Okay, here’s an odd one. Jim lived, as a child, at number 6, Turnpin Lane – until 1954 when the family got turfed out because the building was ‘in a dangerous state and in line for demolition.’ Of course it’s still there…
Jim had a happy time in Turnpin Lane though. There’s a picture of him and his chums enjoying the Coronation street party in the market on the superb Ideal Homes website – he’s the kid on the left wearing the jaunty party hat.
And one of the wonderfully quirky things that was best about his childhood there was a character all the local children loved called Indian Joe. He sounds like a real ‘old Greenwich’ institution, of which there are some – but very, very few – remaining. Jim says
During the summer school holidays he used to pass through Greenwich Market. The kids used to say ‘Hello Indian Joe, tell us a story!’ We all sat on the kerb, including himself, outside Sam and Bob’s sweet shop (also in the market). He used to tell us a short story then get up, say ‘goodbye’ and go.
It’s one of those things that in these days of paranoia about children and lone adults we find slightly disturbing – but shouldn’t. This guy did, it would seem, nothing but good – and the pleasure that he gave to the local children lives with Jim to this day. It reminds me a little of that scene right at the beginning of The Fellowship of the Ring where Gandalf makes fireworks for junior hobbits. That sort of thing wouldn’t be allowed now. But don’t get me started on CRB checks.
I don’t know what kind of stories Indian Joe told. I automatically assumed Native American because of the huge Western thing that was going on in fifties cinema (anyone else find Native American Indian stories really strange – I think it’s the blood clot-creation thing that does it for me…) but thinking about it he could have been West Indian – after all the Windrush sailed into port six years earlier. Were there any stories about naughty spiders, Jim? Or he could have been, even, proper, Indian Indian, with tales from the Ramayana or the Mahabharata. Any of those stories would have got a young Phantom sitting on a kerb side all agog.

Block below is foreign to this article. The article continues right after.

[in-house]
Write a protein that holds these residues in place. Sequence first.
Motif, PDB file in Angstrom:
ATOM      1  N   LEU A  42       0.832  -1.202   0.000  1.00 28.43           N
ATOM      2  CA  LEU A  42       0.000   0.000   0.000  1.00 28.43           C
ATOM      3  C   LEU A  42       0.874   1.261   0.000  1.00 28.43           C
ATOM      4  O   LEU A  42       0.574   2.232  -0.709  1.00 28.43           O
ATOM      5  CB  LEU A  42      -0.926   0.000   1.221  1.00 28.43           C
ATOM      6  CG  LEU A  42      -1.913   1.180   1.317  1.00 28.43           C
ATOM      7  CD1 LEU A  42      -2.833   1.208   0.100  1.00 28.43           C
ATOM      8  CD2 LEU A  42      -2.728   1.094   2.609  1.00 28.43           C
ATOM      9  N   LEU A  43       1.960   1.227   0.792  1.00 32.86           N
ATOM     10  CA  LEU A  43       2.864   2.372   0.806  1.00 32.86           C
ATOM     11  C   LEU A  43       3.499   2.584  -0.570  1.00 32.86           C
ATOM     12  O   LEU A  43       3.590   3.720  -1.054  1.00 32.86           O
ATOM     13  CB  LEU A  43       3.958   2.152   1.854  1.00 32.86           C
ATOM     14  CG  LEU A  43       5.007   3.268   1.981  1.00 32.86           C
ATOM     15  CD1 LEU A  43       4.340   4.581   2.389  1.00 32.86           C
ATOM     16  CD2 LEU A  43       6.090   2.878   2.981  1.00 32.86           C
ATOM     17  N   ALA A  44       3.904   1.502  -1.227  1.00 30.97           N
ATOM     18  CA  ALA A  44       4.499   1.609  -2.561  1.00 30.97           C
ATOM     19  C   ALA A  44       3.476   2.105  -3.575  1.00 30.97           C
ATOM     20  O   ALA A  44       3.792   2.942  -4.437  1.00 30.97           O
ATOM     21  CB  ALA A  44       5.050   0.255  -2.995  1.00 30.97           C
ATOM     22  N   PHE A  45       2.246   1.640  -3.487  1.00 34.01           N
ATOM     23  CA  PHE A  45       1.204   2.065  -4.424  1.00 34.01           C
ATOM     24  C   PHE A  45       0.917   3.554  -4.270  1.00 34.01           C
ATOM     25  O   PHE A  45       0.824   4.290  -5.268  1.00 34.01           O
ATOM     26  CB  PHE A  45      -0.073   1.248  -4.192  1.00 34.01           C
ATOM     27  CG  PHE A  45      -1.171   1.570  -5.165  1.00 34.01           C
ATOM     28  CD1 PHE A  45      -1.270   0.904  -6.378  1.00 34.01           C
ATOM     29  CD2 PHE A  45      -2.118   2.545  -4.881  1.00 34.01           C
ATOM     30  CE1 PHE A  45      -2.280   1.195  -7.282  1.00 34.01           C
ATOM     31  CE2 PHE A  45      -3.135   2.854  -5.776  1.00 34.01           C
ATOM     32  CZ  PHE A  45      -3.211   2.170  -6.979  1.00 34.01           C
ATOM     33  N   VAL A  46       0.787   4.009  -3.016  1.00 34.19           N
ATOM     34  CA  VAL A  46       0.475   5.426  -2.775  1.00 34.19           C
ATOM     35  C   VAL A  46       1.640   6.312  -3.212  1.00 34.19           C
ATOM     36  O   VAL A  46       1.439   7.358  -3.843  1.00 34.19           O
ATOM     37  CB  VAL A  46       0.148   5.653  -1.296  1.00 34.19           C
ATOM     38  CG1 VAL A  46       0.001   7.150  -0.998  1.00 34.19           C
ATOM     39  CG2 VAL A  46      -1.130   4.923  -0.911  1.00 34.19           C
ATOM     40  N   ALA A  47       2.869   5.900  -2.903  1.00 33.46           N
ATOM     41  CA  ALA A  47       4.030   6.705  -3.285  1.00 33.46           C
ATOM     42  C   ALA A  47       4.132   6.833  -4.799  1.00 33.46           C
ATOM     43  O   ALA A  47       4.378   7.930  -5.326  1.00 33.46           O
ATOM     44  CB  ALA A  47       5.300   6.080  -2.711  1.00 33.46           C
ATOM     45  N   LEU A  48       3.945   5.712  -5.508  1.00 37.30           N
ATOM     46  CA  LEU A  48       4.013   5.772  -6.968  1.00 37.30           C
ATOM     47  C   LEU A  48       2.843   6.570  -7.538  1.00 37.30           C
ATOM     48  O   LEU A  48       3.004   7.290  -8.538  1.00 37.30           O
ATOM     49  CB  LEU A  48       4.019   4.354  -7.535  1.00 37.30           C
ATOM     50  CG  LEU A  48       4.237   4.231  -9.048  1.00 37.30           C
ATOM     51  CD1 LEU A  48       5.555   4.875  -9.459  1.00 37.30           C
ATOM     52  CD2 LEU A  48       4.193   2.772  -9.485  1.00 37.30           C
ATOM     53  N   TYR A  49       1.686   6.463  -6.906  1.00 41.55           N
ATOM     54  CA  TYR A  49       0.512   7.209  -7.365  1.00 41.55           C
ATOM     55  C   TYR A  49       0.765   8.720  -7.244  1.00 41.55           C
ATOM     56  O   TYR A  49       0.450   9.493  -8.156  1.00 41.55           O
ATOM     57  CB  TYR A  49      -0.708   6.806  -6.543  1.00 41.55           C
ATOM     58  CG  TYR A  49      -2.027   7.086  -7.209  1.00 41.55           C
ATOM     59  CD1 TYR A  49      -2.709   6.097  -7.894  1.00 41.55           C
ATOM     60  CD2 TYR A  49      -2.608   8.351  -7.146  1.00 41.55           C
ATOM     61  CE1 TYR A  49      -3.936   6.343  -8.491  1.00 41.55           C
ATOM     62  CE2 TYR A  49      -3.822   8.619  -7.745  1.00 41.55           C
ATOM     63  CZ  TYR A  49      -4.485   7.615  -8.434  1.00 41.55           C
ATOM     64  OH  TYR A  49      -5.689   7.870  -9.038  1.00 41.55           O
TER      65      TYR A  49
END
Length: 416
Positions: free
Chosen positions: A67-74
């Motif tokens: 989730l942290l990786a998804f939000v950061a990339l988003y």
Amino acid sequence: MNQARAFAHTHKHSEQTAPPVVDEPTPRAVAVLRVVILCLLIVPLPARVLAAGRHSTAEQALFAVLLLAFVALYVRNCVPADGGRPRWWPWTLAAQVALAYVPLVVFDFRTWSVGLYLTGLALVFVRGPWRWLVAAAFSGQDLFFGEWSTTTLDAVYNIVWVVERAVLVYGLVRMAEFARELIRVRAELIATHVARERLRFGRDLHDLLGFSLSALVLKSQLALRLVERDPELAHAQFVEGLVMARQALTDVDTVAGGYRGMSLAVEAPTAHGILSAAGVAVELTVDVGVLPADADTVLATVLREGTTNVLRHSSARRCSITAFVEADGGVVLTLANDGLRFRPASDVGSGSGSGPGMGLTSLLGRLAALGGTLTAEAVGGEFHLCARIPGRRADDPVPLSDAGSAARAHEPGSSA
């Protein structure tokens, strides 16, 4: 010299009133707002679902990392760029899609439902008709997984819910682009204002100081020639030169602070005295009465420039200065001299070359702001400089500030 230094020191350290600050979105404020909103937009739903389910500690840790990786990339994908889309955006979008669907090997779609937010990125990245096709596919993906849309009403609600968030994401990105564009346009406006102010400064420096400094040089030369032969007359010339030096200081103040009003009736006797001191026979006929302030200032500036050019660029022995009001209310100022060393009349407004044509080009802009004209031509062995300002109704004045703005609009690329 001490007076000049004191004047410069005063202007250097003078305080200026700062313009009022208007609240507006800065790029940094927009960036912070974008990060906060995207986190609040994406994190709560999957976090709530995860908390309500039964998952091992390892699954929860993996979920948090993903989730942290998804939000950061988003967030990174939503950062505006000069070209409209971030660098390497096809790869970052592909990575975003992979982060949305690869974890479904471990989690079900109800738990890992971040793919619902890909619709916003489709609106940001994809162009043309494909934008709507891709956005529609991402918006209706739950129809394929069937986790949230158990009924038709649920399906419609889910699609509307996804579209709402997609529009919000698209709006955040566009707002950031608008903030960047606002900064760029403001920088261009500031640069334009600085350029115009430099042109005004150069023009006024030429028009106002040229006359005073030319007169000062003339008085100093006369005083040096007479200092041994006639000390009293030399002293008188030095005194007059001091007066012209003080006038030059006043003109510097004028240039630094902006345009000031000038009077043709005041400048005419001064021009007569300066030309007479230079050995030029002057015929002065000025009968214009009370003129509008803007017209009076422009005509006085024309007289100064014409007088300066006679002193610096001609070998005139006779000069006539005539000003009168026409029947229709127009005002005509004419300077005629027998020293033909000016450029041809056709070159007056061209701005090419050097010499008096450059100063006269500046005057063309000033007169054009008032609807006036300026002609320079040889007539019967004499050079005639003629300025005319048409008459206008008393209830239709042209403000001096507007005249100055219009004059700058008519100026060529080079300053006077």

Then again, he might just have liked riding old American motorcycles.
Jim’s wondering if anyone else remembers Indian Joe and his stories. And frankly I am too. I want to know more about this character. What did he look like? What did he do other than tell stories to kiddies? And what kind of stories did he tell?
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